In Search of Home, Wherever It Might Be


In Search of Home: Wherever It Might Be

By Sarah Anton

Published in Global Living Magazine – Issue 20 | Sept/Oct 2015

This article is a follow-up feature to Sarah’s post A Foreign Language, My Birth Town, where she discusses her plans to visit her birth town for the first time as an adult, which she details below. 

11794605_956287974394303_3039875051730211288_oI never belonged anywhere.

From as long as I can remember, I was never home. Where most teenagers would find their second family in High School, I felt out of place. Where most adults created a family in their hometown, I felt like an outsider.

All my life, I felt like I did not belong. This outsider feeling started from a young age, as I changed schools, cities and countries every few years. I was always the new girl in school, never having time to create a bond or relationship with other students in my school. Of course, being a teenager, I just wanted to belong somewhere. At the time, the only way I could do that was by changing my identity every time I changed cities. By the end of High School, when most teenagers had somewhat of an understanding of who they were, I had absolutely no clue. I molded my identity to please others so often that I no longer knew who I truly was.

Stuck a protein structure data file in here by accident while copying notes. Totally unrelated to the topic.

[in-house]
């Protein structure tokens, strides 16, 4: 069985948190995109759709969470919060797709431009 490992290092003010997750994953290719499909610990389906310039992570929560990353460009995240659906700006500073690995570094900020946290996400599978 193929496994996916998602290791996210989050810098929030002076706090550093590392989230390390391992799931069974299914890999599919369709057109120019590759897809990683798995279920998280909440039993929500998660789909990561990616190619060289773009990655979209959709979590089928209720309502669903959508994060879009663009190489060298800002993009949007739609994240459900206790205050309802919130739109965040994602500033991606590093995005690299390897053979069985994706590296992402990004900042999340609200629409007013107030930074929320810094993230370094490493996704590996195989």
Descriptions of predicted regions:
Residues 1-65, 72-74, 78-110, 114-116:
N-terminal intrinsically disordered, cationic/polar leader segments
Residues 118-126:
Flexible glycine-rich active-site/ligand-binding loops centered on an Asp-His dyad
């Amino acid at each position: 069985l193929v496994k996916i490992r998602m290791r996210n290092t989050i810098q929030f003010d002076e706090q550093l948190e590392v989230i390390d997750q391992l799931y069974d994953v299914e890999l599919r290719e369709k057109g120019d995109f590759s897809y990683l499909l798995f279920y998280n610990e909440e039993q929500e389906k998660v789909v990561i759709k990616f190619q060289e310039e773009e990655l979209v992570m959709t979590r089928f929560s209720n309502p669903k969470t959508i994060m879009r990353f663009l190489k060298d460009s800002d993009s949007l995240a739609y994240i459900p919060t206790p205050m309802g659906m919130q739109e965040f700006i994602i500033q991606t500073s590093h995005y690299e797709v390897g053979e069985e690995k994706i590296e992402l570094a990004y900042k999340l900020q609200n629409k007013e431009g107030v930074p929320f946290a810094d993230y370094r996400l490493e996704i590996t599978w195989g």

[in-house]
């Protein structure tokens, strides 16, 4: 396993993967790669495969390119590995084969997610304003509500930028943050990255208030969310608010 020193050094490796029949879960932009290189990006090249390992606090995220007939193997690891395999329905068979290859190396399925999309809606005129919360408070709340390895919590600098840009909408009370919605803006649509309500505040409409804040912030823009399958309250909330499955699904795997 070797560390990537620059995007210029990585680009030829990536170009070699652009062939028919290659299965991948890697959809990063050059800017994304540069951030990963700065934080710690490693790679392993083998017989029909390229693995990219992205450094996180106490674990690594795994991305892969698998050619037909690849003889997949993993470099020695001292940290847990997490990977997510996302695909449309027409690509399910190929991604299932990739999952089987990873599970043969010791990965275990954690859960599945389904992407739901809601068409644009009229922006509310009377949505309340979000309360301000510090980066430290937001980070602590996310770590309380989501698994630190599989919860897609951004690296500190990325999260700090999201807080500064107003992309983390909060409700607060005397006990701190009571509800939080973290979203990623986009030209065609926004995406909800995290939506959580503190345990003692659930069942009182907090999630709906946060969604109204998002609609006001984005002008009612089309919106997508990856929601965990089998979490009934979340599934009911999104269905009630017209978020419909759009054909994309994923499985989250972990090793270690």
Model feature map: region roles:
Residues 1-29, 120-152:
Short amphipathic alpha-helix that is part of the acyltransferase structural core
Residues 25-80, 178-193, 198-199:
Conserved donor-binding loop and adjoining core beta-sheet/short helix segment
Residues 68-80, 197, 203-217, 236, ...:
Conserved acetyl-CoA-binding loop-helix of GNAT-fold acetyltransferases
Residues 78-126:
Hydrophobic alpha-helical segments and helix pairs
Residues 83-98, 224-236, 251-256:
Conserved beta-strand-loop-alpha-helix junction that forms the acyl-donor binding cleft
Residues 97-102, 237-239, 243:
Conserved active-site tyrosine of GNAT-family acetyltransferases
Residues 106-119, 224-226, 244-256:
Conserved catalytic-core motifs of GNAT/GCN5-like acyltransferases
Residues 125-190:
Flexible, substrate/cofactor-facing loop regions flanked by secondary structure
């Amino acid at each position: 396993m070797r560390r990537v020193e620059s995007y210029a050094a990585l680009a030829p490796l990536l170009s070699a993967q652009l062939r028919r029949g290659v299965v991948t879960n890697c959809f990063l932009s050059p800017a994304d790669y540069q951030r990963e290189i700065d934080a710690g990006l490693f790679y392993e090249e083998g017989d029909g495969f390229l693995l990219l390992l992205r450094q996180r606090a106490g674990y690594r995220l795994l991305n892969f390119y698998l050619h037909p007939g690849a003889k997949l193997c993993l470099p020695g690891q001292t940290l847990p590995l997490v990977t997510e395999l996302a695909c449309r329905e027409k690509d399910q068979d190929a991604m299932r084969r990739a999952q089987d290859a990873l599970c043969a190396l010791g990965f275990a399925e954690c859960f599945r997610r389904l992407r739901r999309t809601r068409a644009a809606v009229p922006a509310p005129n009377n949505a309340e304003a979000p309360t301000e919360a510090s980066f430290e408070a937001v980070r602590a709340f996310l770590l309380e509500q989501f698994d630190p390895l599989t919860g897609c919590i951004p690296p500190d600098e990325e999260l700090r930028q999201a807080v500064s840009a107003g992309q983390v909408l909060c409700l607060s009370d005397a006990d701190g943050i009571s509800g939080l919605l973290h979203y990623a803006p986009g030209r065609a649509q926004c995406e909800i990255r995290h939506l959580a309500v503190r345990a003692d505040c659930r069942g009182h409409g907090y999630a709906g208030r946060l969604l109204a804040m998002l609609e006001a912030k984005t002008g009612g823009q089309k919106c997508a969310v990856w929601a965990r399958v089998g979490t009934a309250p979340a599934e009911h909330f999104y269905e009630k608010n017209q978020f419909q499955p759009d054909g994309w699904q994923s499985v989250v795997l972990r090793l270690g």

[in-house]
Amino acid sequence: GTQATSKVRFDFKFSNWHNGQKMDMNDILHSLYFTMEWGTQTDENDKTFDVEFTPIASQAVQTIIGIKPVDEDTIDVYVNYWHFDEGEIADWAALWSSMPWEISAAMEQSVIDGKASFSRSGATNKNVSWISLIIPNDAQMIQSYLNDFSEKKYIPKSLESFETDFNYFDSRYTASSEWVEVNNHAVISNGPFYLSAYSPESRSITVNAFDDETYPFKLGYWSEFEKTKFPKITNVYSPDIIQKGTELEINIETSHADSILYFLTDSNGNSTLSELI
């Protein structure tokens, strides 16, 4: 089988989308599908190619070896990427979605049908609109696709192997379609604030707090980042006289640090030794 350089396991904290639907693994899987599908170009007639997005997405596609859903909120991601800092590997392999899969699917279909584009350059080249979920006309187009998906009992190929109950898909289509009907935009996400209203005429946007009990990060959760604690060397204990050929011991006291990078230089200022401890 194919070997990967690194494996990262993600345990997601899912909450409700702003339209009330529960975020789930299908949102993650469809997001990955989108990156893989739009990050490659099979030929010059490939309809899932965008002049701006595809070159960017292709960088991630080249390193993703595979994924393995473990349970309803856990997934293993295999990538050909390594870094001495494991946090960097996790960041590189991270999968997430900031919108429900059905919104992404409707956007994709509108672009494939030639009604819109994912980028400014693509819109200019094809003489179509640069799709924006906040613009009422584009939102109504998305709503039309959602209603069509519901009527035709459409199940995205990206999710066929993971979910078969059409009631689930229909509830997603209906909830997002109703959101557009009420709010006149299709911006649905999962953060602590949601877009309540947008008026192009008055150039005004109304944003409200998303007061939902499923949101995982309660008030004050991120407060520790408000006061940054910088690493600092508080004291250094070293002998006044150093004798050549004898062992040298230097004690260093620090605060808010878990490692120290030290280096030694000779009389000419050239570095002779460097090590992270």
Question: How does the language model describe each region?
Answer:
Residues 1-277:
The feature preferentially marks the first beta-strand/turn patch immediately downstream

I was what my parents wanted, what my friends liked, what my teachers praised, but never who I loved.

After High School, I started my quest to find myself. In July 2015, I conquered the last challenge in my quest: visit my hometown.

People often call their hometown the place they were raised in. Since I haven’t lived enough consecutive years in one zip code to call it my home, I decided to go directly to my roots… on my own.

So, I booked my ticket to France, and flew away from everything and everyone I knew, to be alone with my thoughts in the country that gave birth to me. For 30 days, I would be completely alone, forcing me to connect again with the identity I’ve forgotten: my own.

When the time to board the plane finally arrived, I was extremely nervous. What if I don’t like France? What if I don’t feel at home there either? What if I come back still confused about who I am? It would’ve all been for nothing.

image10-2Thankfully, this trip has been everything I was expecting.